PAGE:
Weigh up all costs of downsizing

Jason Featherby | The West Australian
Monday, 18 June 2018

From July 1, if you are 65 years or older and sell your family home, you can contribute some or all the sale proceeds to super. These “downsizer contributions” present an opportunity to top up your super, even if you’re otherwise unable to contribute under super law due to your age, work status or the amount you’ve got in super.

There are other factors to consider before downsizing. The first, and sometimes the most important, is the connection one feels with their family home.

Often, we have raised our kids in the one home all their lives and shared many happy moments and memories with friends and family. This can make downsizing a very difficult and emotional decision, irrespective of how much sense it makes financially.

There are also some practical factors you should consider if you are thinking of downsizing. Knowing the actual costs of selling your home is a good place to start. Often repairs, renovations and a fresh coat of paint are needed to make your home “sale ready”.

Then there are the fees involved in selling the home and buying a new one, such as paying real estate agents, legal fees, stamp duty, and potentially strata fees if you are moving to an apartment or townhouse.

There may also be short-term costs depending on the timing of the sale and getting into your new house, such as renting and storage fees for furniture. Knowing the total selling and buying costs is a must.

The state of the real estate market may also affect your decision. The Perth market for example is the “softest” it has been in 25 years.

It is crucially important to be realistic about what your property is truly worth. Overestimating could torpedo your retirement plans.

If you aren’t in a hurry, it could make sense to wait, research the best times to sell in your area and act accordingly. Remember though, prices have and can fall further.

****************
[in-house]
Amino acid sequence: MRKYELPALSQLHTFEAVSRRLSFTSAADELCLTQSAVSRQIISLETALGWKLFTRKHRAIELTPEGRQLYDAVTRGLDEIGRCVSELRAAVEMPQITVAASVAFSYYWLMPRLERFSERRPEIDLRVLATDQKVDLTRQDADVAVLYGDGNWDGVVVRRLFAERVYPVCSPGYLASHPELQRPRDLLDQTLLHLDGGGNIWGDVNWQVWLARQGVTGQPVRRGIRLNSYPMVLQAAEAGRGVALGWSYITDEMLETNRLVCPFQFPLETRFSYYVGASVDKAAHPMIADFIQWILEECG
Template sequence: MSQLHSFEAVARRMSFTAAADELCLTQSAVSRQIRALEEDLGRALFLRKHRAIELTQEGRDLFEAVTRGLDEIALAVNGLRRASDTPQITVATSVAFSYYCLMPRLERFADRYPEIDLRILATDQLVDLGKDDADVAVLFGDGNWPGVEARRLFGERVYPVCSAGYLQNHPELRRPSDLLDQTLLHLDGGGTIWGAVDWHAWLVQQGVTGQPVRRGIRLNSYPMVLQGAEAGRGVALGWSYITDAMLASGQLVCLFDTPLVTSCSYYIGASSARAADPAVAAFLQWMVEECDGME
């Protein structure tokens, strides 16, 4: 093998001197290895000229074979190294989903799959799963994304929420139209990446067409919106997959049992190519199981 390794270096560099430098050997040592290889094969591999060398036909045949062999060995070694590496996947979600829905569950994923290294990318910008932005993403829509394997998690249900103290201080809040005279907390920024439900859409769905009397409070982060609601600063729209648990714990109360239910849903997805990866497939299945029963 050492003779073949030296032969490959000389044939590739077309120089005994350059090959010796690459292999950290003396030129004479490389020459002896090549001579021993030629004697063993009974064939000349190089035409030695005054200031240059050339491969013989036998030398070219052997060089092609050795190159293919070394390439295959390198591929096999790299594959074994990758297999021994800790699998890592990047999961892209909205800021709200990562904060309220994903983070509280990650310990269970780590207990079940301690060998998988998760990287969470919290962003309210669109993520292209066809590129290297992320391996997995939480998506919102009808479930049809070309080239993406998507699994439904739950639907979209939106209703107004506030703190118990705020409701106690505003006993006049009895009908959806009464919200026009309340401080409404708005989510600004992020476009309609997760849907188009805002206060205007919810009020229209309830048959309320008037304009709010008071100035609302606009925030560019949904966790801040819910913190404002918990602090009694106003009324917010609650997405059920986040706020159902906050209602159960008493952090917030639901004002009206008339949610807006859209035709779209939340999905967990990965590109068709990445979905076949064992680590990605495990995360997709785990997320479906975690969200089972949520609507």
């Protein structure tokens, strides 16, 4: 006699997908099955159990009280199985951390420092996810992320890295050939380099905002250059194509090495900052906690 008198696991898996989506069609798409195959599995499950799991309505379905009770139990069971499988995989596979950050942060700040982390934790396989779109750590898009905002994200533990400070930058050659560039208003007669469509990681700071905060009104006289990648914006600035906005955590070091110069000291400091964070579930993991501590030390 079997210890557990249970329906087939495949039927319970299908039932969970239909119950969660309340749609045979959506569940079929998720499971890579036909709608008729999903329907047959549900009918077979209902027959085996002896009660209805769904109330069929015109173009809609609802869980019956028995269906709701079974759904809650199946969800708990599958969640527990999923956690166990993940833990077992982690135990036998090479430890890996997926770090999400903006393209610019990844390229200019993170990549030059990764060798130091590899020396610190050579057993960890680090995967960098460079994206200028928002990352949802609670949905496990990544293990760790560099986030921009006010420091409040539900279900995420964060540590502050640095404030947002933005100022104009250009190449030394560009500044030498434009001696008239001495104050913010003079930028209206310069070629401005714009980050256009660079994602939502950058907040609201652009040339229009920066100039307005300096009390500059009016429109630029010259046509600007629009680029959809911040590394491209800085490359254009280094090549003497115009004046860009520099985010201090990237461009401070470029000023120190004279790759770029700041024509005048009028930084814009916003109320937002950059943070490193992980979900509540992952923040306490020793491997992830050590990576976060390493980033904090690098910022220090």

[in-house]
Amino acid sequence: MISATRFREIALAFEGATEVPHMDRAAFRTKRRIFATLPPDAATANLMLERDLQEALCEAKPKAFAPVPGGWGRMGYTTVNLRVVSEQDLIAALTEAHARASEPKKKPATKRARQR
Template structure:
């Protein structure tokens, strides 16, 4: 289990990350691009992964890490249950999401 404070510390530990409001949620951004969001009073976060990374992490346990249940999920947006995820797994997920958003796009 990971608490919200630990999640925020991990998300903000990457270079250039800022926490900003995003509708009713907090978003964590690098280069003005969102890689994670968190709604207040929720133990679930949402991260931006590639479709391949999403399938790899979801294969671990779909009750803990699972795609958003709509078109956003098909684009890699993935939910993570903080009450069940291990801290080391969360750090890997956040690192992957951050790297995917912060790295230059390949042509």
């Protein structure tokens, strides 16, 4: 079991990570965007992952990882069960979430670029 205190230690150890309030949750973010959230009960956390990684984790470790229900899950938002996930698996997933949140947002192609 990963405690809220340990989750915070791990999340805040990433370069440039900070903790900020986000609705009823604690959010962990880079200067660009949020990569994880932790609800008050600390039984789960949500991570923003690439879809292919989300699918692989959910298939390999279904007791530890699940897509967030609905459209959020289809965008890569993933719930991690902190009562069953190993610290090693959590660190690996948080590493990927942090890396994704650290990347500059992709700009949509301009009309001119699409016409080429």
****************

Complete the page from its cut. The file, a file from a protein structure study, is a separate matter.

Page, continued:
Waiting is also often a double-edged sword. If you wait until house prices go up, chances are you are also going to be paying more on your new place.

Your new location is also an important consideration. Prices may mean downsizing and staying in your current area isn’t feasible.

Ultimately, it all comes down to the lifestyle you want. If you are making a big sea change, such as moving interstate, it can make sense to rent for a while to be sure you are happy with your decision.

If you are moving away from your existing support networks, such as family and friends, you should make sure there’s a local community that you can get to know. Also, you may want to be closer to health services.

The biggest factor, of course, is the reward. Moving to a smaller home often means a very nice tax-free profit on the sale of your existing place. This can then be used to improve your lifestyle in retirement, allowing you to spend more, go on more frequent and grander holidays and spoil the grandkids.

The downsizer contributions make this even more tempting.

The best part is that you don’t even need to downsize. You could buy a bigger house, move into an investment property, a holiday home or even into aged care.

There is no requirement to buy another residential home to live in. You do, however, need to be mindful of the age pension consequences. The family home is exempt from Centrelink’s pension calculations.

Super assets are assessable, and anyone downsizing will see the proceeds being assessed by Centrelink for the age pension. Ultimately, it could reduce or eliminate your entitlements.

You could also lose your Commonwealth Seniors Health Card (CSHS) if your deemed income post contributions push you over the income threshold – currently $53,799 for singles and $86,076 for couples, combined.

So, if you’ve made the decision to sell the family home, then it may be worthwhile putting it off until the new financial year and getting some financial advice.